THEATRE REVIEW: Uncle Vanya starring Richard Armitage & Toby Jones

WORTH A LOOK?: ****1/2

WHERE? Harold Pinter Theatre RUNTIME: 160 minutes (including a 20-minute interval)

WHEN? 14/1, press night 23/1 runs to 2/5/20

Six years after a brooding Olivier-nominated performance as John Proctor in the Old Vic’s production of The Crucible and Richard Armitage (pictured above in rehearsal) is back on the London stage in Conor McPherson’s re-imagining of Chekhov’s Uncle Vanya

  • Read on for reasons including how Toby Jones is the comic highlight as Armitage goes topless

We approached this star-powered Vanya with some trepidation because Robert Icke’s 2016 Almeida version had been so memorable yet hadn’t transferred to the West End.

We needn’t have worried because, while the story and structure remains intact largely, McPherson’s (the Old Vic production of Girl In The North Country currently playing in the West End at the Gielgud Theatre) is as funny as it is heartbreaking.

This is down in no small part to Toby Jones (who we saw last year at the Royal Court) who plays the titular 47-year-old who looks after his niece Sonya on a crumbling estate in Russia at the turn of the 20th century.

Life is quiet with occasional visits by Armitage’s local doctor to look forward to until Sonya’s father (an intentionally annoying Ciaran Hinds) and his much younger new wife Yelena (Rosalind Eleazar giving us outer beauty and inner laziness) drop by bringing chaos with them.

The plot becomes almost Shakespearean with misplaced affections everywhere and people falling in love with those they shouldn’t.

Jones runs an absolute riot with his midlife crisis and Armitage’s doctor proves what a good man he is as well as being ahead of his time in environmental terms yet falls for the wrong woman and lets the one with the biggest heart go begging. The scene when he kisses the unfortunate woman’s head as she reaches for his lips had members of this audience both sobbing and gasping.

Armitage also gets to blow raspberries, get drunk with Vanya and guitar-playing chum Telegin (an admirable supporting turn by Peter Wight) while even dancing topless in the rain at one point.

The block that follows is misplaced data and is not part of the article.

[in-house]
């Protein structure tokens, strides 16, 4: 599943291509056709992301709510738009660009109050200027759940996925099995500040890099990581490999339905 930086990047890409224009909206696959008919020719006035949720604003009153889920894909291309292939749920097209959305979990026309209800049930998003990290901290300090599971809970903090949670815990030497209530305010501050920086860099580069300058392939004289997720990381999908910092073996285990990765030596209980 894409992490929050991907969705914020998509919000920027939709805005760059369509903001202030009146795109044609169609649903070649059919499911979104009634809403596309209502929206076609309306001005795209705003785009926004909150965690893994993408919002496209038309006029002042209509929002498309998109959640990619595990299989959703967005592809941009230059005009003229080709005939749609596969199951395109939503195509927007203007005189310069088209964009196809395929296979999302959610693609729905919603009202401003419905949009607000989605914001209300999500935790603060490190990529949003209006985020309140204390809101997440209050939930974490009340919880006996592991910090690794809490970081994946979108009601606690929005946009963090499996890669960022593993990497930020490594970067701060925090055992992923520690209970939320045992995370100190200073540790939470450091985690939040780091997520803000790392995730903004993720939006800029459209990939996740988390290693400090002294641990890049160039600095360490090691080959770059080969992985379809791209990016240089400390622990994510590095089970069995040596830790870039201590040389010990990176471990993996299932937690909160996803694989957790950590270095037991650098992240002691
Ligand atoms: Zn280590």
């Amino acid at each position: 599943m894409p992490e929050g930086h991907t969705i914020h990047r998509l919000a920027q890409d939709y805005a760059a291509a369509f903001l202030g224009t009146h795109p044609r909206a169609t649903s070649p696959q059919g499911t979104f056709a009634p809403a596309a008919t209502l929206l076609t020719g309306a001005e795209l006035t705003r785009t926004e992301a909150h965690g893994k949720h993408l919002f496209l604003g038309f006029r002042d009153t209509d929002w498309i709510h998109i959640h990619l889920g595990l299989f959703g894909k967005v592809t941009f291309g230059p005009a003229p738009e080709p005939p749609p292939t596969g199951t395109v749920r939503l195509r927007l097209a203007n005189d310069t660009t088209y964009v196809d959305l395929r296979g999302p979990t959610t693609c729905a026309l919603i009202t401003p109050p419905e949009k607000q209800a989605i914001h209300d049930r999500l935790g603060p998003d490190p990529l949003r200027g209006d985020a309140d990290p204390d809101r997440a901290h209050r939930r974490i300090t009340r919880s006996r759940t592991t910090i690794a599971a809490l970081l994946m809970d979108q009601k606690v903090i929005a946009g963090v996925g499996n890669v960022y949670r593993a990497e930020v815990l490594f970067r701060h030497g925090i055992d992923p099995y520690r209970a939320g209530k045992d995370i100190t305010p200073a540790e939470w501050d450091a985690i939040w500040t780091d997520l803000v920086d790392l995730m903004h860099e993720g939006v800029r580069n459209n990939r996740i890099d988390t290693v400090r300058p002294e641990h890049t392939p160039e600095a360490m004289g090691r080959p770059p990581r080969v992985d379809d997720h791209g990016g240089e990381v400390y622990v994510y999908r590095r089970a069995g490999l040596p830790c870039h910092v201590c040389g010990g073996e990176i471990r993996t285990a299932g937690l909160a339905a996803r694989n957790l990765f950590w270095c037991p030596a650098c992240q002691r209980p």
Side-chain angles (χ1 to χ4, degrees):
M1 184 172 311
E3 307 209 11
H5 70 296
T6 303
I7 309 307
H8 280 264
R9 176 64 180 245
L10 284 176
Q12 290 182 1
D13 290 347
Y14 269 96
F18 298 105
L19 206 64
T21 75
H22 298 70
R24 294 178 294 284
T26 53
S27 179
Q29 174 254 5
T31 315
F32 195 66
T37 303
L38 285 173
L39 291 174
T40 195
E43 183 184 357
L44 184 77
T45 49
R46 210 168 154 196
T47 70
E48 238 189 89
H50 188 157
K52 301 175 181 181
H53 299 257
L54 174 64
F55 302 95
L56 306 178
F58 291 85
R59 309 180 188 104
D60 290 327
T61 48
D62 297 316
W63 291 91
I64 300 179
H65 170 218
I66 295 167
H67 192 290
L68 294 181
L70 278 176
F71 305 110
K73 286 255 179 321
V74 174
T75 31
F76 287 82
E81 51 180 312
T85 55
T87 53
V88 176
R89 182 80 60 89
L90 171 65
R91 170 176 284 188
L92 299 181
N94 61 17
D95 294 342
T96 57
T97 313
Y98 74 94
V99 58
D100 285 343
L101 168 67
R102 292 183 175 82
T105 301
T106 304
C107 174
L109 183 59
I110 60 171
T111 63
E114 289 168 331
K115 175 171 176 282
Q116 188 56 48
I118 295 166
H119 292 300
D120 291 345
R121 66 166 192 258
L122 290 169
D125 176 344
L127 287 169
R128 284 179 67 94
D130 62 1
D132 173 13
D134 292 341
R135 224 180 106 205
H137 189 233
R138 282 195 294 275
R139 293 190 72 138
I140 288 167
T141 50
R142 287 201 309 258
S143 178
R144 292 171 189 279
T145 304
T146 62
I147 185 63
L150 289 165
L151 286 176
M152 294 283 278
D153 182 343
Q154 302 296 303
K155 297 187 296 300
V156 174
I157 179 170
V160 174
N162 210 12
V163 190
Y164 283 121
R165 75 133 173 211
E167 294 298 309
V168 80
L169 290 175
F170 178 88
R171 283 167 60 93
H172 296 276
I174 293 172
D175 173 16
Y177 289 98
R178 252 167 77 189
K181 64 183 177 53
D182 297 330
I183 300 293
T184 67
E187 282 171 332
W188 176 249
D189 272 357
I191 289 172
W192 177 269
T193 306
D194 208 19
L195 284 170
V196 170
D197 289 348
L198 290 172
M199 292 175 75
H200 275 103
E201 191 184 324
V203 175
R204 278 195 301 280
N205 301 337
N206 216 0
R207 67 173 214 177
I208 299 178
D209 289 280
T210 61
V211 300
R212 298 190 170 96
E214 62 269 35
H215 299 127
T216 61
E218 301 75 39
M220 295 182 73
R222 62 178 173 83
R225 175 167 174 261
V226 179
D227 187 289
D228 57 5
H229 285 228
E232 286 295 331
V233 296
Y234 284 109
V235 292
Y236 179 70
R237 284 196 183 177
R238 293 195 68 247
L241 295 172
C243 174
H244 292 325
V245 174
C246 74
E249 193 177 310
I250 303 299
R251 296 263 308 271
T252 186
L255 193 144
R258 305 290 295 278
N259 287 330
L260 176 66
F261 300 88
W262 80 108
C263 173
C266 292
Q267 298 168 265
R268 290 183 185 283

Aimee Lou Wood as the wise-beyond-her-years Sonya gets some of the best lines and veterans Anna Calder-Marshall and Dearbhla Molloy round out a fine cast.

It’s hugely unfair to review a first preview but this didn’t have the feel of one. We may only have given director Ian Rickson’s Uncle Vanya four-and-a-half stars but it doesn’t open until next week.

Very enjoyable, intensely moving and 2020’s first big show out of the blocks thoroughly deserved its first preview standing ovation.

  • Picture by Johan Persson via Facebook courtesy ATG Tickets. Tickets
  • Have you seen this show? Let us know what you thought in the comments below
  • Enjoyed this review? Follow its author on Twitter @NeilDurham, email neildurham3@gmail.com and check us out on Instagram and Facebook

5 comments

  1. pamelakeenanblog · January 15

    He doesn’t dance in the rain

    Like

    • mrmonstagigz · January 15

      From my 4th row seat I thought he did but I could be mistaken. There was certainly rain and dancing. What did you see?

      Like

      • pamelakeenanblog · January 15

        I saw him dance take his shirt off go outside in the rain then back in with towel around him and get on the chair and sing

        Like

  2. Grace · January 18

    I enjoyed this production immensely. Fine performances from the entire cast and Toby Jones is superlative. But over the years, each time I’ve watched this play it’s noticeable that many in the audience never quite know when they should no longer be laughing. I guess that every Director must find it very difficult to get the balance just right.

    Like

  3. leemanoflancs · 30 Days Ago

    I saw this production on Saturday evening and it was truly wonderful – the set is amazing and even from the Royal Circle I was engaged by the actors and acting from the opening scene. I agree with the comment by Grace and I too was annoyed by the audience who kept laughing at the most poignant and emotional moments. My heart was breaking and other members of the audience were openly laughing. Maybe Toby Jones was playing it too much for laughs because certainly Chekov can be difficult and rather dour. My partner described it as “Chekov Light” which undersells this production but I know what he means. Rereading the play on returning home, you can see that the dialogue has been slimmed down and the language updated (including swearing and raspberry blowing) which is fine to watch but induced too much frivolity for me. All the characters are beautifully drawn and the overall feeling I was left with was of having observed a despairing and dysfunctional family with a smattering of environmentalism thrown in for good measure. I thoroughly enjoyed it.

    Like

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